Going into this offseason the Minnesota Twins are going to need a replacement for a couple of backup infielders. Both Marwin Gonzalez and Ehire Adrianza are free agents, and I’d expect the Twins to move on from both. They served key roles on the active roster however, so seeking out a replacement will be necessary.
Marwin was signed under the premise that his 2017 was repeatable, and had they know it was a trash idea, Minnesota likely would’ve looked elsewhere. Adrianza was a glove first guy that performed up to that distinction when getting run with the Twins. In finding an alternative, Rocco Baldelli will need a player that can be an asset when filling in.
The reality is that Minnesota has some serious issues when things go awry on the dirt, and we saw that with both Josh Donaldson and Luis Arraez in 2020. Having a backup plan there is a must going into a new season. Marwin and Ehire posted a .606 and .557 OPS respectively, so aside from occupying space, them being in the game was a serious negative.
I don’t know that I’m hung up on any one person for their replacements, but there’s definitely a profile I’d like to see. Marwin brought an outfield ability to the utility role, but that should be less necessary with the readiness of Alex Kirilloff and the combined emergence of Jake Cave and LaMonte Wade Jr. To me, the Minnesota utility man has to be able to play both second and third base while also owning a productive bat.
Traditionally second base hasn’t been a position of immense offensive production, but that’s shifted in recent years. There are some truly exceptional offensive two-baggers in the game and carrying that profile to a position that needs to contribute offensively at the hot corner, is a very good thing. I don’t want to live in a world where the Twins are sans Donaldson or Arraez for consistent stretches, but they need to be better prepared if they are.
So, what are some names to consider? This is actually a decent free agent class if you’re shopping in the middle. It’s not especially noteworthy at the top however, and that could create some additional competition around the mean. Regardless, there’s some names I’d be more than happy to see wearing baby blue at Target Field.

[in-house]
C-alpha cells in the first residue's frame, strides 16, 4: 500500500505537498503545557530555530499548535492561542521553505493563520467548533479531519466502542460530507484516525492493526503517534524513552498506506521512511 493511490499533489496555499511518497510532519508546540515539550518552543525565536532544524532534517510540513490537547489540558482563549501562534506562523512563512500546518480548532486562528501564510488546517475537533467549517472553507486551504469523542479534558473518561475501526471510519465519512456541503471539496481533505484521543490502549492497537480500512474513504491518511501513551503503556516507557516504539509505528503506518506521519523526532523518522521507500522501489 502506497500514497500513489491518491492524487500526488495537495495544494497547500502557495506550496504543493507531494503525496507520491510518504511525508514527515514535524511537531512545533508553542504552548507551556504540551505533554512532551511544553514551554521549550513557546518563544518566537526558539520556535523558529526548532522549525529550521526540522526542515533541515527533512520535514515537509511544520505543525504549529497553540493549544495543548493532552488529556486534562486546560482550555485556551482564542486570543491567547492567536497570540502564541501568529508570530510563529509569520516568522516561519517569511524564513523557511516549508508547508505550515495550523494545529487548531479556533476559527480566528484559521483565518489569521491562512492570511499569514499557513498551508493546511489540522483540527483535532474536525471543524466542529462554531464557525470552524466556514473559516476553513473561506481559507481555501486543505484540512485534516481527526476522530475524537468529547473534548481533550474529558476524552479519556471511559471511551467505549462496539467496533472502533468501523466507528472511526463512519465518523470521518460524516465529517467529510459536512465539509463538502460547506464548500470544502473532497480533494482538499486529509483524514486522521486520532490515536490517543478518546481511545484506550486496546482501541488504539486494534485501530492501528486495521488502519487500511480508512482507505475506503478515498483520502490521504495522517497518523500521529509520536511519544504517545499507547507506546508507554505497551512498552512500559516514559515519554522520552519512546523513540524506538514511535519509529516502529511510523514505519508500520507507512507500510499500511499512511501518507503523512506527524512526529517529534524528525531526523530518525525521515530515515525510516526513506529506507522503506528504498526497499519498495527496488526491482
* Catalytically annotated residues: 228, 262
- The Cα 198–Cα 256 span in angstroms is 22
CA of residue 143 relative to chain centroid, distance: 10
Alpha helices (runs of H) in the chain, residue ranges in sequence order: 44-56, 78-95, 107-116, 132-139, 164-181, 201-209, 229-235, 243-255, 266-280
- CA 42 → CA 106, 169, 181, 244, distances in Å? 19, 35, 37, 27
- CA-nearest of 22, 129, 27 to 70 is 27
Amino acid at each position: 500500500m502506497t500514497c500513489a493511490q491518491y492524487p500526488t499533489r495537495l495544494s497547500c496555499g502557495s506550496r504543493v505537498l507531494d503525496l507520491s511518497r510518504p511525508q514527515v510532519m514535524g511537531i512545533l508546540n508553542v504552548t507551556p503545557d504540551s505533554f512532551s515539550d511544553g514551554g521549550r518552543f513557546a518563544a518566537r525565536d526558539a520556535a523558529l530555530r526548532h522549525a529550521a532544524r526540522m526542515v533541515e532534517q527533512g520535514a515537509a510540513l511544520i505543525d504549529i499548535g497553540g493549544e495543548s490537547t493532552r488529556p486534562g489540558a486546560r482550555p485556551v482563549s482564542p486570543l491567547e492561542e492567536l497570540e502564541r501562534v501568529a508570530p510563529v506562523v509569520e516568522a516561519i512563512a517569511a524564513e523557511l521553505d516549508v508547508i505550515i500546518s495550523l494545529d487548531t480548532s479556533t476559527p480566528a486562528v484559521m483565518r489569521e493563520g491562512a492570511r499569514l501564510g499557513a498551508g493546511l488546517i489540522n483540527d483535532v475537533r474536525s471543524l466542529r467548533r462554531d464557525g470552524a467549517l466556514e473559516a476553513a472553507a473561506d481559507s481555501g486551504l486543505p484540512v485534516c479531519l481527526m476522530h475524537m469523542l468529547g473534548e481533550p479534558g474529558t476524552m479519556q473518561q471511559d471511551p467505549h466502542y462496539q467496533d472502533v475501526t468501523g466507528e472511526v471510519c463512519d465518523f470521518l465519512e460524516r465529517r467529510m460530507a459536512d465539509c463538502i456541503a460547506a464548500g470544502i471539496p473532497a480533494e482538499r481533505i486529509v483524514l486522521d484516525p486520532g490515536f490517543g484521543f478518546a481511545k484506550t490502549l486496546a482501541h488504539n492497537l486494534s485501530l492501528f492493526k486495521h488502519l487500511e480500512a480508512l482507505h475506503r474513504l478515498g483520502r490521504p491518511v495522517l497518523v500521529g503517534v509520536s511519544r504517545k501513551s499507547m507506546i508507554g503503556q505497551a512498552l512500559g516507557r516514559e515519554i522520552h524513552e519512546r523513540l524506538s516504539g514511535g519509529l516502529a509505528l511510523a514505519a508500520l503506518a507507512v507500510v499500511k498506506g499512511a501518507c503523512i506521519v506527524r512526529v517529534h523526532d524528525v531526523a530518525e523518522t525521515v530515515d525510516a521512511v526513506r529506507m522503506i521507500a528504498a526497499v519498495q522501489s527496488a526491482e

The former top prospect will be 28 in 2021. He has arguably the most positional flexibility of anyone in the group and that presents a lot to like. He posted a .793 OPS with the Rangers in 2018 and was at .771 this season for the Padres. He’s hardly been the elite prospect that he was billed, but there’s legit power and on-base skills here when he’s going good. If the Twins see a way to unlock another level in what should be his prime, a solid commitment wouldn’t be shocking.
Tommy La Stella
Traded to the Athletics during the 2020 season, La Stella enters the open market coming off a second straight strong season. His .819 OPS followed an .832 mark as a first time All Star in 2019. He’s primarily played second base but has 84 starts at the hot corner as well. The power potential isn’t a huge draw here, but he did launch 16 dingers in 80 games during 2019.
A number of years ago Iglesias struck me as an ideal candidate to be the Twins shortstop. He’s a strong defender there and it’s been the only role he’s played since 2015. It remains to be seen whether the downgrade in role is one he’d agree to, but there’s also a good option to spell Jorge Polanco when needed. The .956 OPS in 39 games with the Orioles this year is a definite outlier however, and Minnesota would need to be convinced they’re getting above the .700 career mark. He’s probably a boost on Ehire while being Marwin or worse.
This one would definitely be just a one-year deal as he’ll be 35 in 2021. Cabrera has been around for a while, having just completed his 14th year in the majors. He won a ring with the Washington Nationals a season ago and took over as the primary second basemen from former Twins great Brian Dozier. Cabrera is more second basemen than he is third but can play both roles. What I like here is that the offensive floor is pretty safe. He’s probably not going to post much lower than a .750 OPS and you’ve got a chance for him to scratch near .800. There’s power, there’s some walks, there’s something to like.
I’m not going to write him up as the Brewers have an affordable team option and it’d make little sense for them not to use it coming off the season he just had.